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2 Years After Massive Data Breach, OPM Still Vulnerable

Over two years after the Office of Personnel Management (OPM) suffered a massive data beach compromising the data of over 20 million current and former federal employees and their families, there are still notable deficiencies in the way the agency handles its information systems, according to a recent audit.

Though there have been improvements to OPM’s IT security programs, the report notes there were”significant problems with the authorization packages prepared during the sprint” conducted in 2016 to bring the agency’s IT systems up-to-date and that “there is still significant effort needed to stabilize the authorization program.”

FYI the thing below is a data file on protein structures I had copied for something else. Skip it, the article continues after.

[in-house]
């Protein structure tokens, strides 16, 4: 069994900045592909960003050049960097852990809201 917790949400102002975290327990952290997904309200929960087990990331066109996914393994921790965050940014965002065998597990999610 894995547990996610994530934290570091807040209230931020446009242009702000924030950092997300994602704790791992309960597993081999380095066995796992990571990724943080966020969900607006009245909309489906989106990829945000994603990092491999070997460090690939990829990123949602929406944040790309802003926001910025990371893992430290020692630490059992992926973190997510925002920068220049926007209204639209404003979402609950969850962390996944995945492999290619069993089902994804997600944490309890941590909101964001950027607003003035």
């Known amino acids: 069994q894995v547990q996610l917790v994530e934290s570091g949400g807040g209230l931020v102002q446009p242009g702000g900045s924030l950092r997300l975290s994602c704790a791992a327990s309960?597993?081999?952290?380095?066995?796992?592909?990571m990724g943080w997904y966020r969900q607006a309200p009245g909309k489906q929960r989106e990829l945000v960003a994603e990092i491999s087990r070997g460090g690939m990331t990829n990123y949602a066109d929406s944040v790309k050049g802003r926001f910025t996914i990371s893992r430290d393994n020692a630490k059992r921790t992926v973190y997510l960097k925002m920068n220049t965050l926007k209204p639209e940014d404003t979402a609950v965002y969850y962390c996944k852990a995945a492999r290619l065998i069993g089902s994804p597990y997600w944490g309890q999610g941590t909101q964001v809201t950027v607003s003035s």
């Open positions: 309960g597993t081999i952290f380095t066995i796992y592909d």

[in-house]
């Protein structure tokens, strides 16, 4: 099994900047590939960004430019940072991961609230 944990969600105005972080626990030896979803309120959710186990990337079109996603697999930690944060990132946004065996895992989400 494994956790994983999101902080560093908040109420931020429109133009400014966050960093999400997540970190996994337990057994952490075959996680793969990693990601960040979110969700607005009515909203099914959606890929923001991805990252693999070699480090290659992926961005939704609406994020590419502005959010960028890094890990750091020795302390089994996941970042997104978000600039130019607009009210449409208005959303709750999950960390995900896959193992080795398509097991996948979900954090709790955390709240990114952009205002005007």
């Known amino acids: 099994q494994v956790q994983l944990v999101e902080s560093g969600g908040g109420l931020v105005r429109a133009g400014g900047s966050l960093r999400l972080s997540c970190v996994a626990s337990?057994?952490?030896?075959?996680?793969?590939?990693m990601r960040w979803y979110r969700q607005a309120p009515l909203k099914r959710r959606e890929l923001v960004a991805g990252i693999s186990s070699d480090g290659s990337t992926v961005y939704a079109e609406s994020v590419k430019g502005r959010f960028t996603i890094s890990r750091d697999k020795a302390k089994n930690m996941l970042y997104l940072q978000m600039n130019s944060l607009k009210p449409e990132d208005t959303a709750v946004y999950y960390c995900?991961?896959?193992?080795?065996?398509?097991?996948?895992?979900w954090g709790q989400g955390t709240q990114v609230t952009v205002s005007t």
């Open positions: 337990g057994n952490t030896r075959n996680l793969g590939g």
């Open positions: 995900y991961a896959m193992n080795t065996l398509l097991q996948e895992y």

OPM does not fully comply with the cyber-security protocol issued by the National Institute of Standards and Technology, which all federal agencies will be required to adhere to.

“Of primary concern is the fact that the assessors performing the sprint activity did not have access to enough accurate and complete information to make valid risk-based decisions about the
systems’ security posture,” said the report.

OPM isn’t sufficiently testing the security of its local area networks and wide area networks, known as LAN/WAN, according to the Inspector General’s report. “There is a significant risk, if not likelihood, that the security controls testing performed as part of the LAN/WAN authorization process did not identify security vulnerabilities that could have been detected with an appropriately thorough test,” said the report.

“The lack of a valid authorization does not necessarily mean that a system is insecure,” according to the audit. “However, it does mean that a system is at a significantly higher risk of containing unidentified security vulnerabilities.”

The audit, dated June 20, was made publicly available on July 7.


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